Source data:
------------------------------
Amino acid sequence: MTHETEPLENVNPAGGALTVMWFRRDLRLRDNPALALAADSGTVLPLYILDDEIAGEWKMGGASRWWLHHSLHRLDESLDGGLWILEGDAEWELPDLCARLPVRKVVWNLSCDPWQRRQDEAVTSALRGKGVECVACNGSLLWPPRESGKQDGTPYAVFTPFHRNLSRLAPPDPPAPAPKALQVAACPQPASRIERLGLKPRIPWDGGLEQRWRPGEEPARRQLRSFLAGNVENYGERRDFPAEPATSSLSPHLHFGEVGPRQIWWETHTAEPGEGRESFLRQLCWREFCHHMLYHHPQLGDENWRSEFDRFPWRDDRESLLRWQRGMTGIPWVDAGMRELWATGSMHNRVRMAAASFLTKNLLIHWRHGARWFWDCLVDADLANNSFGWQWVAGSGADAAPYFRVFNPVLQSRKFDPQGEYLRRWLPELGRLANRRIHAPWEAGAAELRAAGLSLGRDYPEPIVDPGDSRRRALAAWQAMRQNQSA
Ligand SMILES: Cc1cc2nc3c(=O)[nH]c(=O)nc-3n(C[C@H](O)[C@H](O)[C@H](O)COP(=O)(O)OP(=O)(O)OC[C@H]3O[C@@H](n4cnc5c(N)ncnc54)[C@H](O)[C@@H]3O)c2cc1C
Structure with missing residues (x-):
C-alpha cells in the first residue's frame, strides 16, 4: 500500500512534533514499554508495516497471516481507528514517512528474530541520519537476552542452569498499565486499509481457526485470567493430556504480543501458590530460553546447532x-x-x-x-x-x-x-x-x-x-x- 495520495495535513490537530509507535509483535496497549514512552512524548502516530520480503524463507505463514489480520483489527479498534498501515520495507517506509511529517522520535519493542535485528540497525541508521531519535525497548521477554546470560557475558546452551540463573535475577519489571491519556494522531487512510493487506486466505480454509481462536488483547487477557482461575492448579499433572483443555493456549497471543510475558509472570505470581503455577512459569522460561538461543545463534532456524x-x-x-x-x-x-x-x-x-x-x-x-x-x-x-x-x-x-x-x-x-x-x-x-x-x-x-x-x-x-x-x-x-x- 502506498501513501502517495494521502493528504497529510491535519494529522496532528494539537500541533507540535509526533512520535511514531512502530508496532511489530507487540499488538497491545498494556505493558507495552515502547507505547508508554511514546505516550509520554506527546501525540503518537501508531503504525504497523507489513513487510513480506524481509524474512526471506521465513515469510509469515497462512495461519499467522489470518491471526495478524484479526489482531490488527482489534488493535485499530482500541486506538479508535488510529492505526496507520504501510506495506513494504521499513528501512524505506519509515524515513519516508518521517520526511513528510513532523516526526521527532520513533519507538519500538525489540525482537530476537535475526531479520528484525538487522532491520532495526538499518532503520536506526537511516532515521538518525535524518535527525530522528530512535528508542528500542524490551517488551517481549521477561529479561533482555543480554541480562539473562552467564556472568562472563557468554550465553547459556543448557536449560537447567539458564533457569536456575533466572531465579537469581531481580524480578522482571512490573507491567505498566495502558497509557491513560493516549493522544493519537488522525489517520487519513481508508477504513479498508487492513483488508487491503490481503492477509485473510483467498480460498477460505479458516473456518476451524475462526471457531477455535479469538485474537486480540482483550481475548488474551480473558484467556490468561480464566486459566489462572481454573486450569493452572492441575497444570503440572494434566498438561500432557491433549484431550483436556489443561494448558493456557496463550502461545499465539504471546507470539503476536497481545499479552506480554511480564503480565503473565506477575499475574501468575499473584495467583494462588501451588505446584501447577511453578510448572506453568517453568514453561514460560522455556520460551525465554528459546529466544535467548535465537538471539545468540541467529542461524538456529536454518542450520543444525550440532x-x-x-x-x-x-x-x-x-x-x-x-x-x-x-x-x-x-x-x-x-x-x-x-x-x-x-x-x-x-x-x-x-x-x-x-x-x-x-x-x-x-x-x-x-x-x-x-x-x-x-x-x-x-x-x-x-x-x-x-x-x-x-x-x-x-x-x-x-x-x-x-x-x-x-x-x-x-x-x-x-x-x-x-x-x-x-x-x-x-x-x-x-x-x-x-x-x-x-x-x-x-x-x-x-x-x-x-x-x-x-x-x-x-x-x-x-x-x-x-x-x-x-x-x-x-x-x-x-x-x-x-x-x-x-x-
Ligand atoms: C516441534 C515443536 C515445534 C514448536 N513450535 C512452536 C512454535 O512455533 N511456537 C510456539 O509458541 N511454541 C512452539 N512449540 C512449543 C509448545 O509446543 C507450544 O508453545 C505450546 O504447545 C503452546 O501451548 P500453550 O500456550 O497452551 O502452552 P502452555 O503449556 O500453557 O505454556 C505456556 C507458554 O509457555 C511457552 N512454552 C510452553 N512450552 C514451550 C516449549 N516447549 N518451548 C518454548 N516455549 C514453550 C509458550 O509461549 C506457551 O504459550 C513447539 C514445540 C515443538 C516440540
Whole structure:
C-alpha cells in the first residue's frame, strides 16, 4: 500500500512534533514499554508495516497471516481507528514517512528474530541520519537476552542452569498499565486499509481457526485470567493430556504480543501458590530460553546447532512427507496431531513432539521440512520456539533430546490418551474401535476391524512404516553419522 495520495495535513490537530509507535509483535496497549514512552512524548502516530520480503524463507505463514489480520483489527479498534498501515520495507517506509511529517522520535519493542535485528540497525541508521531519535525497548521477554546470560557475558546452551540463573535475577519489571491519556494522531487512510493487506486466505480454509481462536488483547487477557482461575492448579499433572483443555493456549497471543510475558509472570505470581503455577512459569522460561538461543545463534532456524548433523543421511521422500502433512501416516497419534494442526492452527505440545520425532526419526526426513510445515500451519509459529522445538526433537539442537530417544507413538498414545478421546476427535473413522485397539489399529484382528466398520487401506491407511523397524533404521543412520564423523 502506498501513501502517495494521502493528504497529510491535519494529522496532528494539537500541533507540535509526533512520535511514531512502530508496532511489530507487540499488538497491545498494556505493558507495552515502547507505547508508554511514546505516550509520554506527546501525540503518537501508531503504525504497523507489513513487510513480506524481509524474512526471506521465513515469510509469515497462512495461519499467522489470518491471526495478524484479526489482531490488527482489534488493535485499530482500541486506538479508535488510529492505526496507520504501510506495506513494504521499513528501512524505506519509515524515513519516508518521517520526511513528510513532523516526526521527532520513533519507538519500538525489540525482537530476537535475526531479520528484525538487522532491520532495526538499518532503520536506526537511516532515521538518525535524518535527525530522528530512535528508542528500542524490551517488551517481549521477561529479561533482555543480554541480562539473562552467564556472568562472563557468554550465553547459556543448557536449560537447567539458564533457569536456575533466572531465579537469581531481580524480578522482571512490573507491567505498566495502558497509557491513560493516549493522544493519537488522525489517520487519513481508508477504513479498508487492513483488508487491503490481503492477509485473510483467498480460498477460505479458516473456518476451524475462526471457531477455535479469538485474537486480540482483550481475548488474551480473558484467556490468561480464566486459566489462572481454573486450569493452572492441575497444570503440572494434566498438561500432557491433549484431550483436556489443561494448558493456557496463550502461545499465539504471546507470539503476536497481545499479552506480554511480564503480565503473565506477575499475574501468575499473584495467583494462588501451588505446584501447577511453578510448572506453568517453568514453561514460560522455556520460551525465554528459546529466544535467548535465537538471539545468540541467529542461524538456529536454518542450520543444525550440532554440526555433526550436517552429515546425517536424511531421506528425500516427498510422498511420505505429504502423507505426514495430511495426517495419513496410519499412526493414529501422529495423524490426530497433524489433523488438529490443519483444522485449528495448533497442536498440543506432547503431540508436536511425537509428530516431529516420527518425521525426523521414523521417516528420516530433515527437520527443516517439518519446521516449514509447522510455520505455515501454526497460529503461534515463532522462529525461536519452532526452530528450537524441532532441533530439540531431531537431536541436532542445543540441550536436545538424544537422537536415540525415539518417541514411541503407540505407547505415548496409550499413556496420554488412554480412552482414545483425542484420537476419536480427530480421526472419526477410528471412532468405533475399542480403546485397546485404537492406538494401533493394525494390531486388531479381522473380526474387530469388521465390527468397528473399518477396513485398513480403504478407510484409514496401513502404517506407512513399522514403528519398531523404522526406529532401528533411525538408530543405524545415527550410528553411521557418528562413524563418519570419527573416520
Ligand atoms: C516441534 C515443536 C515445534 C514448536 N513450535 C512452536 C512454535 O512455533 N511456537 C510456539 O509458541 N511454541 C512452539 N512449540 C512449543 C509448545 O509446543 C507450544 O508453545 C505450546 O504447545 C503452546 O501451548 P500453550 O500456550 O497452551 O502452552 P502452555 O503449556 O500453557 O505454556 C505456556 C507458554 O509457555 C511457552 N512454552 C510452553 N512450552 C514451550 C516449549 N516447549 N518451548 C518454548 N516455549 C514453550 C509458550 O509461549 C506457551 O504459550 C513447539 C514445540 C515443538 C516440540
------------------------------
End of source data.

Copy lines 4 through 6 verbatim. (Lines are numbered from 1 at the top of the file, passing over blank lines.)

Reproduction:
C-alpha cells in the first residue's frame, strides 16, 4: 500500500512534533514499554508495516497471516481507528514517512528474530541520519537476552542452569498499565486499509481457526485470567493430556504480543501458590530460553546447532x-x-x-x-x-x-x-x-x-x-x- 495520495495535513490537530509507535509483535496497549514512552512524548502516530520480503524463507505463514489480520483489527479498534498501515520495507517506509511529517522520535519493542535485528540497525541508521531519535525497548521477554546470560557475558546452551540463573535475577519489571491519556494522531487512510493487506486466505480454509481462536488483547487477557482461575492448579499433572483443555493456549497471543510475558509472570505470581503455577512459569522460561538461543545463534532456524x-x-x-x-x-x-x-x-x-x-x-x-x-x-x-x-x-x-x-x-x-x-x-x-x-x-x-x-x-x-x-x-x-x- 502506498501513501502517495494521502493528504497529510491535519494529522496532528494539537500541533507540535509526533512520535511514531512502530508496532511489530507487540499488538497491545498494556505493558507495552515502547507505547508508554511514546505516550509520554506527546501525540503518537501508531503504525504497523507489513513487510513480506524481509524474512526471506521465513515469510509469515497462512495461519499467522489470518491471526495478524484479526489482531490488527482489534488493535485499530482500541486506538479508535488510529492505526496507520504501510506495506513494504521499513528501512524505506519509515524515513519516508518521517520526511513528510513532523516526526521527532520513533519507538519500538525489540525482537530476537535475526531479520528484525538487522532491520532495526538499518532503520536506526537511516532515521538518525535524518535527525530522528530512535528508542528500542524490551517488551517481549521477561529479561533482555543480554541480562539473562552467564556472568562472563557468554550465553547459556543448557536449560537447567539458564533457569536456575533466572531465579537469581531481580524480578522482571512490573507491567505498566495502558497509557491513560493516549493522544493519537488522525489517520487519513481508508477504513479498508487492513483488508487491503490481503492477509485473510483467498480460498477460505479458516473456518476451524475462526471457531477455535479469538485474537486480540482483550481475548488474551480473558484467556490468561480464566486459566489462572481454573486450569493452572492441575497444570503440572494434566498438561500432557491433549484431550483436556489443561494448558493456557496463550502461545499465539504471546507470539503476536497481545499479552506480554511480564503480565503473565506477575499475574501468575499473584495467583494462588501451588505446584501447577511453578510448572506453568517453568514453561514460560522455556520460551525465554528459546529466544535467548535465537538471539545468540541467529542461524538456529536454518542450520543444525550440532x-x-x-x-x-x-x-x-x-x-x-x-x-x-x-x-x-x-x-x-x-x-x-x-x-x-x-x-x-x-x-x-x-x-x-x-x-x-x-x-x-x-x-x-x-x-x-x-x-x-x-x-x-x-x-x-x-x-x-x-x-x-x-x-x-x-x-x-x-x-x-x-x-x-x-x-x-x-x-x-x-x-x-x-x-x-x-x-x-x-x-x-x-x-x-x-x-x-x-x-x-x-x-x-x-x-x-x-x-x-x-x-x-x-x-x-x-x-x-x-x-x-x-x-x-x-x-x-x-x-x-x-x-x-x-x-
Ligand atoms: C516441534 C515443536 C515445534 C514448536 N513450535 C512452536 C512454535 O512455533 N511456537 C510456539 O509458541 N511454541 C512452539 N512449540 C512449543 C509448545 O509446543 C507450544 O508453545 C505450546 O504447545 C503452546 O501451548 P500453550 O500456550 O497452551 O502452552 P502452555 O503449556 O500453557 O505454556 C505456556 C507458554 O509457555 C511457552 N512454552 C510452553 N512450552 C514451550 C516449549 N516447549 N518451548 C518454548 N516455549 C514453550 C509458550 O509461549 C506457551 O504459550 C513447539 C514445540 C515443538 C516440540
Whole structure: